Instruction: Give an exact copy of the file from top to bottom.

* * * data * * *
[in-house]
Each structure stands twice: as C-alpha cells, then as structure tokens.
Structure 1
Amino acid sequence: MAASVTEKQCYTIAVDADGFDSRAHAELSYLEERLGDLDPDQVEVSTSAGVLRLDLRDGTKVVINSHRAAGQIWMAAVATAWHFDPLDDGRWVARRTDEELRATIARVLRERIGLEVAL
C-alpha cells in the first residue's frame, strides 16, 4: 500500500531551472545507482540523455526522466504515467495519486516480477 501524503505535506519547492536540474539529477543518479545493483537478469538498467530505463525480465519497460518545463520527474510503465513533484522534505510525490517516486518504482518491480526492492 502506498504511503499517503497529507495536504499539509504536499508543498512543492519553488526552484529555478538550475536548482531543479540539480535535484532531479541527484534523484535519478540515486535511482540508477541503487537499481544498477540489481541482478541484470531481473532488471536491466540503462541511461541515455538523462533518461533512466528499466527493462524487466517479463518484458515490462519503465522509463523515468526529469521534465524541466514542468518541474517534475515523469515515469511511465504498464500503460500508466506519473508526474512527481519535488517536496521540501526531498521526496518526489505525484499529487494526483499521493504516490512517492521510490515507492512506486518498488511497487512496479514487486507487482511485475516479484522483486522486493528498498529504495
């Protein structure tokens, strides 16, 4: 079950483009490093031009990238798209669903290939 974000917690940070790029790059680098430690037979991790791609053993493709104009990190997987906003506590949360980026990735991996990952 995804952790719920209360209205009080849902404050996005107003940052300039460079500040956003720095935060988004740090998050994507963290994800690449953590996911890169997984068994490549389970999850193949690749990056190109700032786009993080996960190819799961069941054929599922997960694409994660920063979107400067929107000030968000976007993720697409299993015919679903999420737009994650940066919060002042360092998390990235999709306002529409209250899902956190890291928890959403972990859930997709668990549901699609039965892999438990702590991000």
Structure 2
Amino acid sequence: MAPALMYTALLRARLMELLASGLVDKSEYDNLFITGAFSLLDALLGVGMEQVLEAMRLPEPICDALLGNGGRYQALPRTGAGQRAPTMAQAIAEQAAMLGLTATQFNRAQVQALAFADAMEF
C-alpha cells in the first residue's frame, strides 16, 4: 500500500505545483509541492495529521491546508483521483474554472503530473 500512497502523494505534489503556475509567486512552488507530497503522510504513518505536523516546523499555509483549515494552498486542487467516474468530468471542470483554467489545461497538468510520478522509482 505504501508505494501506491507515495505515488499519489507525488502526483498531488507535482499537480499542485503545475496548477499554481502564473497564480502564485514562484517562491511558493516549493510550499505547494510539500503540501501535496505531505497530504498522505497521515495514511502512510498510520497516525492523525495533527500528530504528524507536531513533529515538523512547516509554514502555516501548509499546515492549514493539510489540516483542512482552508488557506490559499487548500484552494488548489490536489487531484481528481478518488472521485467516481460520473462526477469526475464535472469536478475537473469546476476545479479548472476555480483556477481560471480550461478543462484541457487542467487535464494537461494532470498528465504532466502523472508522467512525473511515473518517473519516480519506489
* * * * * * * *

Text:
[in-house]
Each structure stands twice: as C-alpha cells, then as structure tokens.
Structure 1
Amino acid sequence: MAASVTEKQCYTIAVDADGFDSRAHAELSYLEERLGDLDPDQVEVSTSAGVLRLDLRDGTKVVINSHRAAGQIWMAAVATAWHFDPLDDGRWVARRTDEELRATIARVLRERIGLEVAL
C-alpha cells in the first residue's frame, strides 16, 4: 500500500531551472545507482540523455526522466504515467495519486516480477 501524503505535506519547492536540474539529477543518479545493483537478469538498467530505463525480465519497460518545463520527474510503465513533484522534505510525490517516486518504482518491480526492492 502506498504511503499517503497529507495536504499539509504536499508543498512543492519553488526552484529555478538550475536548482531543479540539480535535484532531479541527484534523484535519478540515486535511482540508477541503487537499481544498477540489481541482478541484470531481473532488471536491466540503462541511461541515455538523462533518461533512466528499466527493462524487466517479463518484458515490462519503465522509463523515468526529469521534465524541466514542468518541474517534475515523469515515469511511465504498464500503460500508466506519473508526474512527481519535488517536496521540501526531498521526496518526489505525484499529487494526483499521493504516490512517492521510490515507492512506486518498488511497487512496479514487486507487482511485475516479484522483486522486493528498498529504495
């Protein structure tokens, strides 16, 4: 079950483009490093031009990238798209669903290939 974000917690940070790029790059680098430690037979991790791609053993493709104009990190997987906003506590949360980026990735991996990952 995804952790719920209360209205009080849902404050996005107003940052300039460079500040956003720095935060988004740090998050994507963290994800690449953590996911890169997984068994490549389970999850193949690749990056190109700032786009993080996960190819799961069941054929599922997960694409994660920063979107400067929107000030968000976007993720697409299993015919679903999420737009994650940066919060002042360092998390990235999709306002529409209250899902956190890291928890959403972990859930997709668990549901699609039965892999438990702590991000």
Structure 2
Amino acid sequence: MAPALMYTALLRARLMELLASGLVDKSEYDNLFITGAFSLLDALLGVGMEQVLEAMRLPEPICDALLGNGGRYQALPRTGAGQRAPTMAQAIAEQAAMLGLTATQFNRAQVQALAFADAMEF
C-alpha cells in the first residue's frame, strides 16, 4: 500500500505545483509541492495529521491546508483521483474554472503530473 500512497502523494505534489503556475509567486512552488507530497503522510504513518505536523516546523499555509483549515494552498486542487467516474468530468471542470483554467489545461497538468510520478522509482 505504501508505494501506491507515495505515488499519489507525488502526483498531488507535482499537480499542485503545475496548477499554481502564473497564480502564485514562484517562491511558493516549493510550499505547494510539500503540501501535496505531505497530504498522505497521515495514511502512510498510520497516525492523525495533527500528530504528524507536531513533529515538523512547516509554514502555516501548509499546515492549514493539510489540516483542512482552508488557506490559499487548500484552494488548489490536489487531484481528481478518488472521485467516481460520473462526477469526475464535472469536478475537473469546476476545479479548472476555480483556477481560471480550461478543462484541457487542467487535464494537461494532470498528465504532466502523472508522467512525473511515473518517473519516480519506489